History of the Land, by Jeannie Bartlett, District Manager Franklin County NRCD
The land governed by the District today was built and carved over the course of millennia. Mountains much taller than the Greens we see today were thrust up by colliding continents and are now slowly eroding. The most severe erosion over the landscape was caused by the ice sheets, which covered all of Vermont and down to Cape Cod with ice over a mile thick.
As the southern edge of the last ice sheet melted, a lake formed in its wake, much larger than today’s Lake Champlain. Lake Vermont, as it is called, was at times more than seven hundred feet deeper than Lake Champlain. Sediments that settled on the bottom of Lake Vermont created the rich agricultural soils that farmers in the Franklin District enjoy today, as well as sand and gravel deposits. About 12,500 years ago, the ice sheet finally retreated from what is now Franklin County and from the northern edge of Lake Vermont. The ice had acted as a dam holding in the lake, and without it the water suddenly drained into the St. Lawrence Seaway. Ocean water also came rushing back in through the St. Lawrence, creating the Sea of Champlain. This sea existed for 2,500 years and covered all of the more low-lying, plains-like areas in the western portion of the Franklin District. The Champlain Sea was home to a wide diversity of marine life; in fact a full whale skeleton was found in Charlotte in 1848.
As the ice melted, plants, animals, and people moved in behind it. Lichens and grasses were the first plants to colonize behind the glaciers, forming an alpine tundra. Insects, rodents, and large mammals such as wooly mammoths moved in to graze the tundra. Humans followed from the ice-free regions to the south and west. Academics refer to these first people to the region as the Paleoindians. They hunted with spears in the grasslands and in the Champlain Sea, and they moved frequently to follow available food sources. Their population was sparse: around 25 people per 100 square miles, which would put their population in the Franklin District at 175 people.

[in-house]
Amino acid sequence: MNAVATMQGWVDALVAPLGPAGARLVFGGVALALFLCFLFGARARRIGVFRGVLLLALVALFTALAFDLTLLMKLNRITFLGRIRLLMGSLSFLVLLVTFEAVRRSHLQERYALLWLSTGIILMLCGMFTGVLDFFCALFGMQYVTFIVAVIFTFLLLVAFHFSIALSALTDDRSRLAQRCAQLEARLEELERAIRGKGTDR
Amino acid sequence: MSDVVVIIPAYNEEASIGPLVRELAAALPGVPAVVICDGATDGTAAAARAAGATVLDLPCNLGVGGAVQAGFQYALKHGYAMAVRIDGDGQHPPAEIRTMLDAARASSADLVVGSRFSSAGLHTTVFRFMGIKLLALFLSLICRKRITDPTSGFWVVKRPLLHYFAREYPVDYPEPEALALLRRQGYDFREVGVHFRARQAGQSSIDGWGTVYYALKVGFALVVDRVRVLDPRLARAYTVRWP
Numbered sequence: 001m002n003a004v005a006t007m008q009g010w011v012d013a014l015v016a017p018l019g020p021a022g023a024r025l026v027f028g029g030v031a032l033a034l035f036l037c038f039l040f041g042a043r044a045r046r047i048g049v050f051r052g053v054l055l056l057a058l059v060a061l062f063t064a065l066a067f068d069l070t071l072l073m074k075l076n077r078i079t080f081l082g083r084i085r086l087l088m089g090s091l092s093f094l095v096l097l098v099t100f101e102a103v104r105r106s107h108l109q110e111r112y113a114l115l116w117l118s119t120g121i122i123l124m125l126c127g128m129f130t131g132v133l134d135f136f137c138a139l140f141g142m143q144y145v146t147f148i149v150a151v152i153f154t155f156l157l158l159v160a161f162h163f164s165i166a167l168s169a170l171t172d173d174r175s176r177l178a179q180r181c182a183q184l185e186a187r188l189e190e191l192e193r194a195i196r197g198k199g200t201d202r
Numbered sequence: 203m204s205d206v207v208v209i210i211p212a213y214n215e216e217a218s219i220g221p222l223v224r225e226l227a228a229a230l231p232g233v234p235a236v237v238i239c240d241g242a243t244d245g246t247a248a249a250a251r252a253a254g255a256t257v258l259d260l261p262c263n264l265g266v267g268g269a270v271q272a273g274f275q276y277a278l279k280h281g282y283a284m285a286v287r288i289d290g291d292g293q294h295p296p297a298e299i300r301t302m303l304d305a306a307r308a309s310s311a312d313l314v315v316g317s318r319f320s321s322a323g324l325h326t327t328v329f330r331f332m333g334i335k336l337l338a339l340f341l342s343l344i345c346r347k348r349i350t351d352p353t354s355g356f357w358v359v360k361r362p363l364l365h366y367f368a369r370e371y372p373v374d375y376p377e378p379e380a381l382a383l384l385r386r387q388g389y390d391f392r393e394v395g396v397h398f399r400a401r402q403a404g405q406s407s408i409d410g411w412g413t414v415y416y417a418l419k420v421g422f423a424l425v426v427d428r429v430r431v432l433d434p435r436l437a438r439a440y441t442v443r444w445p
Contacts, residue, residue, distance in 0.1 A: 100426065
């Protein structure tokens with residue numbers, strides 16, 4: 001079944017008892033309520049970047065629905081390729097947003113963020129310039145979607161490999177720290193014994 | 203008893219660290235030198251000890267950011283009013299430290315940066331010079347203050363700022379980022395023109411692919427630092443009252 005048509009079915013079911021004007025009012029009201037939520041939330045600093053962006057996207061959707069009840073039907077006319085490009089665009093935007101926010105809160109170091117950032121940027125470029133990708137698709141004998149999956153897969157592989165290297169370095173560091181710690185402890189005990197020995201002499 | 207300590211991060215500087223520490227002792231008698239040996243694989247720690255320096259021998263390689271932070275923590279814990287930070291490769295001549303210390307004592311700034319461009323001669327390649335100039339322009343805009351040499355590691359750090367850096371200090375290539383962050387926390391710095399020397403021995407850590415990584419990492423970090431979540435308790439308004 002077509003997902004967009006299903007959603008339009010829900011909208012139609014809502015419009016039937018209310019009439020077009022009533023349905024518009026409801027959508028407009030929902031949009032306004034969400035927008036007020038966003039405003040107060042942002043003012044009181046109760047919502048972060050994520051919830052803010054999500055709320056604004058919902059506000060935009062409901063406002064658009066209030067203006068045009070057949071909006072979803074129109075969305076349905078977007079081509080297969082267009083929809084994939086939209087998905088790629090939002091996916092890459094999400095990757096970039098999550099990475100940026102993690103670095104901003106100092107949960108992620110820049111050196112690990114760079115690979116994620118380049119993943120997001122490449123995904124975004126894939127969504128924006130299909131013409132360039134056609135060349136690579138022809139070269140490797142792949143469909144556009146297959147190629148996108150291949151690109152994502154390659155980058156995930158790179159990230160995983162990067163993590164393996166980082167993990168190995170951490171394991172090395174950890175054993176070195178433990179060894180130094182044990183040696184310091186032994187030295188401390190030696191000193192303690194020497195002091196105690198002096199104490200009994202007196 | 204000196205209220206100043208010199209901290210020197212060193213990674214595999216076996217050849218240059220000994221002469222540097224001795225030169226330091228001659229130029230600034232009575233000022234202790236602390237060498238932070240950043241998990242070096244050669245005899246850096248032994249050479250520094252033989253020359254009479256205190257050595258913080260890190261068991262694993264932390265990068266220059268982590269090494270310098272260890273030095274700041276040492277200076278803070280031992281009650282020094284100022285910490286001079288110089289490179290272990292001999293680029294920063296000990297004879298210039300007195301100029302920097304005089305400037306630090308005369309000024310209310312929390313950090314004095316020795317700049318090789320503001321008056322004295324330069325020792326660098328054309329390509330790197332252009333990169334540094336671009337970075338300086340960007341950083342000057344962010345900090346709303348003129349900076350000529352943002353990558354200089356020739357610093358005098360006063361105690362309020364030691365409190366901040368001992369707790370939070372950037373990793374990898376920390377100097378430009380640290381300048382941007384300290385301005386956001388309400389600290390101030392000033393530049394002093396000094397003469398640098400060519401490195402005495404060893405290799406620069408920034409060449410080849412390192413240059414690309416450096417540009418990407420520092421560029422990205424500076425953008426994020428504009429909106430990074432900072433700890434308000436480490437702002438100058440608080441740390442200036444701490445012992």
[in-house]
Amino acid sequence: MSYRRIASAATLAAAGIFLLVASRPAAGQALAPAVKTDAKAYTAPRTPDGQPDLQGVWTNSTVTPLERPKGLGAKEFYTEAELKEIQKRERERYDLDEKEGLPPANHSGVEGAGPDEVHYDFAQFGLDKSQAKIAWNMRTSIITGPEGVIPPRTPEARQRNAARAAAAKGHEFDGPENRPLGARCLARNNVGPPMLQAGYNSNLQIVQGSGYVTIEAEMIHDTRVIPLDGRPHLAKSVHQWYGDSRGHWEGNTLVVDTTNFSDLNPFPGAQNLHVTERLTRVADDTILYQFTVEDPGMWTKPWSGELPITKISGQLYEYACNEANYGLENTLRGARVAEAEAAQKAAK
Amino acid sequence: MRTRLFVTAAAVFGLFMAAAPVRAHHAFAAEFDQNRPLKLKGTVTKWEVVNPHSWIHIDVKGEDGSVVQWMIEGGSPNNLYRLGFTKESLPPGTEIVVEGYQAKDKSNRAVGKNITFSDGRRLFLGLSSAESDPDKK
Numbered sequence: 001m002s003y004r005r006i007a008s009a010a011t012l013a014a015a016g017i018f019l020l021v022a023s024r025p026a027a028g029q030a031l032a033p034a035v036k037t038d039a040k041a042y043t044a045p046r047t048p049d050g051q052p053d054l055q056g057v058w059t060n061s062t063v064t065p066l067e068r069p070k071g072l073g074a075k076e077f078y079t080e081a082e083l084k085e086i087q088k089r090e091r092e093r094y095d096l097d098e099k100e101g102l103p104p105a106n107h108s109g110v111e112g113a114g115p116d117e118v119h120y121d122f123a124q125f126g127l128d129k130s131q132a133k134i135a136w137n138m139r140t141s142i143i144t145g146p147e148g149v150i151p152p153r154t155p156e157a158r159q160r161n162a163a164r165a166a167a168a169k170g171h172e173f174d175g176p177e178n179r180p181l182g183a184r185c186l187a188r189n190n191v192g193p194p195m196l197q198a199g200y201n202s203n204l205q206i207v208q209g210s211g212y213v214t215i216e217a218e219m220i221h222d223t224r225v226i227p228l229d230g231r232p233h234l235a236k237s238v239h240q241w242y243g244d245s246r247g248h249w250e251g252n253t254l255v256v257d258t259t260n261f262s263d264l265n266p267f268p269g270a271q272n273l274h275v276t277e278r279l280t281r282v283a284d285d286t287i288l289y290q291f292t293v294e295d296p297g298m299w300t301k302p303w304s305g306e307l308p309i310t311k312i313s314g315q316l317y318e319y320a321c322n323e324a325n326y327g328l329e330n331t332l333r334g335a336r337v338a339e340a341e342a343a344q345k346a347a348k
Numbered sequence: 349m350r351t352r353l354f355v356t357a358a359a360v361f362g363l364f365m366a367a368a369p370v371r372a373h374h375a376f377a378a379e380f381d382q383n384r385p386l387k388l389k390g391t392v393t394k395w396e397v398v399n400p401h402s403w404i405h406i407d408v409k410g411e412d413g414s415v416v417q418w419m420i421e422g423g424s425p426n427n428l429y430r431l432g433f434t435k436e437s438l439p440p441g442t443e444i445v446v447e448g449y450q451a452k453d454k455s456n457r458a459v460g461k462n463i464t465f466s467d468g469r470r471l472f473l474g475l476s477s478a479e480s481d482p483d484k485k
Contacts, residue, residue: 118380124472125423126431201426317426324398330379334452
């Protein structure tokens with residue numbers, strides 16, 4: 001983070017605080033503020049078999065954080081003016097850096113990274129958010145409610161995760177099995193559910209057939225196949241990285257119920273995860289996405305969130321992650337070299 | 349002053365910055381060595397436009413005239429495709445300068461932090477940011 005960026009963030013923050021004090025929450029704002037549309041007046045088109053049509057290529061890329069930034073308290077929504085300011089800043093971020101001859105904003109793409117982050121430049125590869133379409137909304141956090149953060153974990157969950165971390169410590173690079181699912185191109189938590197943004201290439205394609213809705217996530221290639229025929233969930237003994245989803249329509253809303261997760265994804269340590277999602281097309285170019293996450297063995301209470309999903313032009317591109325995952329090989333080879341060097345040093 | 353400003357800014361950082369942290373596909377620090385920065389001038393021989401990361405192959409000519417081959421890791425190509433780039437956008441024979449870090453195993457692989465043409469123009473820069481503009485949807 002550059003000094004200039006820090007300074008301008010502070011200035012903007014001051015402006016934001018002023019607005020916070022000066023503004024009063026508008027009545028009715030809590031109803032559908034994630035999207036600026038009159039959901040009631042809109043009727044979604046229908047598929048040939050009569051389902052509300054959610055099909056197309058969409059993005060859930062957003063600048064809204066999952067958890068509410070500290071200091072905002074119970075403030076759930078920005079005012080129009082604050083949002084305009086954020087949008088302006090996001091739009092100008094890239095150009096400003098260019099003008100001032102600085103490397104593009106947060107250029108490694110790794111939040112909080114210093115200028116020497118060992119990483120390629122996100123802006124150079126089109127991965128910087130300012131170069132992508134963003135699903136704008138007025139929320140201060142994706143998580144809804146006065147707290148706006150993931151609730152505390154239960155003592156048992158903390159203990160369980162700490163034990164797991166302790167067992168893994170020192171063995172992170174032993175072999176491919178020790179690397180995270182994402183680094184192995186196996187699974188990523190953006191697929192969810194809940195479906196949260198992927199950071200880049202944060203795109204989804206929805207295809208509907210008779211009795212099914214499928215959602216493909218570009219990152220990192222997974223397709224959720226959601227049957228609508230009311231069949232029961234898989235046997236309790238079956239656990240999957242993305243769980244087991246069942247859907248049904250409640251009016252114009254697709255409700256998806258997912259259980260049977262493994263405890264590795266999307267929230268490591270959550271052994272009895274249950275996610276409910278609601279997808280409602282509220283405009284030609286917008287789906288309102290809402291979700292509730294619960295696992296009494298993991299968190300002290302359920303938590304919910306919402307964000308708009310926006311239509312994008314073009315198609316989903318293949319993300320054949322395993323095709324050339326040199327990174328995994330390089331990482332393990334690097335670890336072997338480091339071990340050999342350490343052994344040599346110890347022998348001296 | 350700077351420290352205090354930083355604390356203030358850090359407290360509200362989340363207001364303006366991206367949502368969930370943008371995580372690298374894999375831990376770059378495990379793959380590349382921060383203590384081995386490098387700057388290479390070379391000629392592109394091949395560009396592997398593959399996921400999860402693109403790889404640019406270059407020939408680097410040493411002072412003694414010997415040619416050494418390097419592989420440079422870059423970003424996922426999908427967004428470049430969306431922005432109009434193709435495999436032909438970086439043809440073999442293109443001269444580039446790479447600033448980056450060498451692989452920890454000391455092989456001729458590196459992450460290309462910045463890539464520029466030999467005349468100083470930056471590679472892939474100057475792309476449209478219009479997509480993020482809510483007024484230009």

Even such a sparse human population, however, was likely capable of causing a mass extinction. Around 10,000 years ago the mammoths and about forty other species of large mammals went extinct in North America. One possible explanation is that is that the mammals died because of the change in climate after the last glaciation. The other explanation is that early humans hunted them to extinction.
Because the climate had now warmed further, forests began to replace the tundra. Black spruce and paper birch began to dot the landscape, gradually replaced by a tighter forest of red spruce and balsam fir. Then even these were pushed to only the higher elevations while hemlock, white pine, and deciduous trees took over the lowlands.
As continents are ever shifting, ours was slowly rebounding from the weight of the ice sheets, expanding up in elevation. The land base gradually tipped all the contents of the Sea of Champlain into the St. Lawrence, draining all of its saltwater. The basin was now fed by a number of rivers originating from the south, east, and west, among them Franklin County’s own Lamoille and Missisquoi Rivers. 10,000 years ago Lake Champlain, its drainage basin, and truly all of New England finally had the general topography that we recognize today.